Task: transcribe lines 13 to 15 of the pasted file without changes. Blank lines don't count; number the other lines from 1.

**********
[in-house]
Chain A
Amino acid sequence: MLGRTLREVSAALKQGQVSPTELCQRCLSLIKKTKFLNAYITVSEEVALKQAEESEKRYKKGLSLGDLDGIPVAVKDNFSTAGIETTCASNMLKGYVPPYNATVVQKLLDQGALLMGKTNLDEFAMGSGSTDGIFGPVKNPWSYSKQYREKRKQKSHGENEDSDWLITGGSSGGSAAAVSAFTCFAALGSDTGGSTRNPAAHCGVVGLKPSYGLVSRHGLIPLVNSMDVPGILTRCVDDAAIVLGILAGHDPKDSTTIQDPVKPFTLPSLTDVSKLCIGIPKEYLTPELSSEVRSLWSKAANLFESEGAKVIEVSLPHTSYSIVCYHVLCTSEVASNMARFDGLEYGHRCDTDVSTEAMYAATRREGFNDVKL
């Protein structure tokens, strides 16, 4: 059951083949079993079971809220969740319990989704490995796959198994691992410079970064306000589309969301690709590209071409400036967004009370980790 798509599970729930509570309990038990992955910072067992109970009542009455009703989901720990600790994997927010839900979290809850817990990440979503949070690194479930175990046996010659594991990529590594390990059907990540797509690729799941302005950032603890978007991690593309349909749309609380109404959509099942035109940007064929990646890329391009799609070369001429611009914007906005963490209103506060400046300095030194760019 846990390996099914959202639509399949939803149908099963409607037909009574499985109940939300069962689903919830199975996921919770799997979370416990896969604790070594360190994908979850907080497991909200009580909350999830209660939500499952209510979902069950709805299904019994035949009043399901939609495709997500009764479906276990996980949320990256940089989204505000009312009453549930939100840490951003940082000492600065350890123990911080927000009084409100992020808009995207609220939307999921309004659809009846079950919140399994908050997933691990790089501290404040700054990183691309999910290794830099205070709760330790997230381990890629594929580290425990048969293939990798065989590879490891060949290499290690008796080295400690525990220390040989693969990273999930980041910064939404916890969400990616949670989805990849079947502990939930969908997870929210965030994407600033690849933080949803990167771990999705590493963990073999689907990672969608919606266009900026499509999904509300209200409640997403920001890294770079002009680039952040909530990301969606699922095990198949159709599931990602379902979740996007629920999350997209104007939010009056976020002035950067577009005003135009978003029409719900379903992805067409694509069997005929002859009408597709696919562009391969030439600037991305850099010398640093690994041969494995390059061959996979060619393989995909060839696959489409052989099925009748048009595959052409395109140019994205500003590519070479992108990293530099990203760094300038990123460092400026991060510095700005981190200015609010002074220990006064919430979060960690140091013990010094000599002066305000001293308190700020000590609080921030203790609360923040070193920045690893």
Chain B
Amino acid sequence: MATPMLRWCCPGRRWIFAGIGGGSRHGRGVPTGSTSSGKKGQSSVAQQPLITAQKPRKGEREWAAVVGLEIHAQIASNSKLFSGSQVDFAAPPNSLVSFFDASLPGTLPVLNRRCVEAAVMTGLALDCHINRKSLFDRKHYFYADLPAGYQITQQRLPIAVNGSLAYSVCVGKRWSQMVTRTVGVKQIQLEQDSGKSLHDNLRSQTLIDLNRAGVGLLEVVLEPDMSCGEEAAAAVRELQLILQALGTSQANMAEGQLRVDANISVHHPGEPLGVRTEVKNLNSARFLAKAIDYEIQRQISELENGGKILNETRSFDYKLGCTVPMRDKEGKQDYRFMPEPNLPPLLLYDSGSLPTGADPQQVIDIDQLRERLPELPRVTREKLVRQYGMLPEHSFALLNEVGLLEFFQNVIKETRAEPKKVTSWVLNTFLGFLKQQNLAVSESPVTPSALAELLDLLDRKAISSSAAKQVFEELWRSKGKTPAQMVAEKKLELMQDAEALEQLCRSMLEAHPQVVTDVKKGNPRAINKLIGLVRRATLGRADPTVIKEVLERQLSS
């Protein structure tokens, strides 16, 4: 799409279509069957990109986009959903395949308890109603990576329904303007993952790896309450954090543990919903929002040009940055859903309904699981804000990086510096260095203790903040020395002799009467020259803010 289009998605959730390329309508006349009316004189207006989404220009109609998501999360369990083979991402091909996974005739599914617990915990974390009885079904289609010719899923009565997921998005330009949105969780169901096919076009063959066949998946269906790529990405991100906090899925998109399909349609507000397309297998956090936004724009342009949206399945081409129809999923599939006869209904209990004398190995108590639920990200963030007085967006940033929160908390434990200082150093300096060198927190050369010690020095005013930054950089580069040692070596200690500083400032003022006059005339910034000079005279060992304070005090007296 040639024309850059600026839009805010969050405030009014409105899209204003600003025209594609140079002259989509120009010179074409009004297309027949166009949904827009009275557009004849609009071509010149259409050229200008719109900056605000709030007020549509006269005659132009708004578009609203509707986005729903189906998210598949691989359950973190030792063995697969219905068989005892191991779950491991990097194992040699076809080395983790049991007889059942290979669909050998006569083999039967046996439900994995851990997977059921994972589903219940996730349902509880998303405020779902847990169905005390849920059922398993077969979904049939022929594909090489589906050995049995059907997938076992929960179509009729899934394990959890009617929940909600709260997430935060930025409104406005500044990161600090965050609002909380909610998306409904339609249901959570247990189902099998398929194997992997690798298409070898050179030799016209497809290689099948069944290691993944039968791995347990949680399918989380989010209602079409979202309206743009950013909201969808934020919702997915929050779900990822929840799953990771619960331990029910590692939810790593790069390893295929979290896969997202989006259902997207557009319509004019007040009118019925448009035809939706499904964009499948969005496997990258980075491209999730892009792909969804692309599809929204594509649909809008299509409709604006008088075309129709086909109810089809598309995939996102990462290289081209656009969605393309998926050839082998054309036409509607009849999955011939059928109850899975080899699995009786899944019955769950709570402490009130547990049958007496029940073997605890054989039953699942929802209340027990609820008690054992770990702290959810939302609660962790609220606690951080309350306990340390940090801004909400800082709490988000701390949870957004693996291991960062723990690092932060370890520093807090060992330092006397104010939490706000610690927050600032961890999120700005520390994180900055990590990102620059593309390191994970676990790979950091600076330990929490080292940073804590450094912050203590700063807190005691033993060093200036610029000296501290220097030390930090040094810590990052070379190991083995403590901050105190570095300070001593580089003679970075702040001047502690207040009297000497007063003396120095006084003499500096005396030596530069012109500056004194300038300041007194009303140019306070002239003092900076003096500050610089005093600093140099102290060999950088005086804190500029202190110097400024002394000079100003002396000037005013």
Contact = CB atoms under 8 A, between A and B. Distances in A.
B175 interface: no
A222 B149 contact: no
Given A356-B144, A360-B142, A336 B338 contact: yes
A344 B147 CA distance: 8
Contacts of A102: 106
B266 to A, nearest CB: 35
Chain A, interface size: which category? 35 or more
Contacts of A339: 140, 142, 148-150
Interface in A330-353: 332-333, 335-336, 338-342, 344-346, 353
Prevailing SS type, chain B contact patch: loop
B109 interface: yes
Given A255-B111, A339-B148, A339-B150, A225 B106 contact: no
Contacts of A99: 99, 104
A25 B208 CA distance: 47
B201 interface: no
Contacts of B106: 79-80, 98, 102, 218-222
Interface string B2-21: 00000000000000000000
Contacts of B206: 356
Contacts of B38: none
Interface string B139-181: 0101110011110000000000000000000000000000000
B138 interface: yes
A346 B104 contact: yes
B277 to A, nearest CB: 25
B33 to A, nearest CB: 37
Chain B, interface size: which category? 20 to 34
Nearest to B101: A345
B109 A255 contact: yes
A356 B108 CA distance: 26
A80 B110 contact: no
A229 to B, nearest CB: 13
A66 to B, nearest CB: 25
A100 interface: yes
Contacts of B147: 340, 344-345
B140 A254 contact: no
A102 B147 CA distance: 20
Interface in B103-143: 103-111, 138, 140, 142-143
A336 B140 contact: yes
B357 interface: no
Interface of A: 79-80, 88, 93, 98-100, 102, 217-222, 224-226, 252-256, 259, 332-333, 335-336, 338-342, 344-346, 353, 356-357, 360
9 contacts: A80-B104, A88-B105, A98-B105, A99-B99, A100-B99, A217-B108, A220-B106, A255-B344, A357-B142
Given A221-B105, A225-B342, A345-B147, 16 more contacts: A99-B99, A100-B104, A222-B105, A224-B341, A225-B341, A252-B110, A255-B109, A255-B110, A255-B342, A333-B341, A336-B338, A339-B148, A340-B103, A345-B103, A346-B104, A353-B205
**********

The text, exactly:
Contacts of A102: 106
B266 to A, nearest CB: 35
Chain A, interface size: which category? 35 or more